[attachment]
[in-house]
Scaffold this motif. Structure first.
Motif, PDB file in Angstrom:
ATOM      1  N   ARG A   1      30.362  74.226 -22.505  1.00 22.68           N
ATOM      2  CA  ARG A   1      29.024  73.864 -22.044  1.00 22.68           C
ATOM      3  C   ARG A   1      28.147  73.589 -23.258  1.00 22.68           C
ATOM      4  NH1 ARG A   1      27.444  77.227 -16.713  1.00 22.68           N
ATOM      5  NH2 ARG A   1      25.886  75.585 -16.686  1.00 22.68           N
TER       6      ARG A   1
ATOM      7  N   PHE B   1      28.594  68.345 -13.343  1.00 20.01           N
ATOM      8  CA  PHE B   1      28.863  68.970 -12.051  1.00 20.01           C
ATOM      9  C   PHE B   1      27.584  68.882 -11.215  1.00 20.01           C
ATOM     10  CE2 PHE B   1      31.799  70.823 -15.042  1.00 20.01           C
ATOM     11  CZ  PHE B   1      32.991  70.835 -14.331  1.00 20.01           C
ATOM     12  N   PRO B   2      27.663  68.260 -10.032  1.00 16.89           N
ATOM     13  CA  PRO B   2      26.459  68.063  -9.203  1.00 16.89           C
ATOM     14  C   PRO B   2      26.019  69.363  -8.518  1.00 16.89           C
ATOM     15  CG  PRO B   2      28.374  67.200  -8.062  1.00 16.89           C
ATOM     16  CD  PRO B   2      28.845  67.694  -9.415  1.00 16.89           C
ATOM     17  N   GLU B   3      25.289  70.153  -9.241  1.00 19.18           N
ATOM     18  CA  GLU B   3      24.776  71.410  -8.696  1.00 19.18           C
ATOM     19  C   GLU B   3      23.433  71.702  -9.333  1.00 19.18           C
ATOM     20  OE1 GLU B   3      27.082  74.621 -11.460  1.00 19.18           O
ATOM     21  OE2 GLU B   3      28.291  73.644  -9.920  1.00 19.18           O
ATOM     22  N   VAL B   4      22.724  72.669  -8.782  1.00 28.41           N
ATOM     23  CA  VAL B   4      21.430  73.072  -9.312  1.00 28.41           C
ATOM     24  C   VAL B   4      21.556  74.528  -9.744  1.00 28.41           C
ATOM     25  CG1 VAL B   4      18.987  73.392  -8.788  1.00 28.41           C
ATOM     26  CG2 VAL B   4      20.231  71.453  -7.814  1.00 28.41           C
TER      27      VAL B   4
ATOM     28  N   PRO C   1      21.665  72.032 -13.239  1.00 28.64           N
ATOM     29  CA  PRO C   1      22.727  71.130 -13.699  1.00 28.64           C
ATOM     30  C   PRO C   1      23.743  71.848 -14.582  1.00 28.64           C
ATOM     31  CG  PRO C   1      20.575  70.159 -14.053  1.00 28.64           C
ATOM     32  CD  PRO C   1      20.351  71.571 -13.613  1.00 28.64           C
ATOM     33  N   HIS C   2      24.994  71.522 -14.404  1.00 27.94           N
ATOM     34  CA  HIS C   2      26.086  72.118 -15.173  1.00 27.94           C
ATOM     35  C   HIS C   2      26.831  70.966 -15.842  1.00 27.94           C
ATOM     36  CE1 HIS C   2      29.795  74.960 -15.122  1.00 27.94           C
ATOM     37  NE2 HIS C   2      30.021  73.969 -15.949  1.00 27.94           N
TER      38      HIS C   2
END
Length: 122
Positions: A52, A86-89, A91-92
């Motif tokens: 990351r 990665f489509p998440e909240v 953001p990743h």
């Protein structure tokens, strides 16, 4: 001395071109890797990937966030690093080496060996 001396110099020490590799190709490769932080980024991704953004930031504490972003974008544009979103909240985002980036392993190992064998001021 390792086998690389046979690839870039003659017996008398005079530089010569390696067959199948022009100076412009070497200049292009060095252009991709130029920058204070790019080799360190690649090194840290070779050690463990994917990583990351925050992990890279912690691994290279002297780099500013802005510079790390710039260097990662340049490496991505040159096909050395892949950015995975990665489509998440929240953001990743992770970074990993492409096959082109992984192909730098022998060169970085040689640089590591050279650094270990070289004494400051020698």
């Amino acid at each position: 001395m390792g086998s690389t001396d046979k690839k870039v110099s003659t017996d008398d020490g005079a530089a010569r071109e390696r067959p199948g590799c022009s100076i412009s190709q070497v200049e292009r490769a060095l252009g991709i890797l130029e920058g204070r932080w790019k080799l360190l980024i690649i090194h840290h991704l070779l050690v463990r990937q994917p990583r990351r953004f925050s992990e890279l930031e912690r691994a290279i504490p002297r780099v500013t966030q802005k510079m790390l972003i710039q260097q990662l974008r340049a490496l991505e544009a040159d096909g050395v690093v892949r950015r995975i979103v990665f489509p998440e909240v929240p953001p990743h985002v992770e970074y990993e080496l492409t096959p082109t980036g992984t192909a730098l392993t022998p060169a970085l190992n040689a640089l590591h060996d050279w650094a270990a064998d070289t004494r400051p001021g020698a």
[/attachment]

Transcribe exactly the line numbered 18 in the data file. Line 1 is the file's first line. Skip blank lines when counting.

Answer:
ATOM     15  CG  PRO B   2      28.374  67.200  -8.062  1.00 16.89           C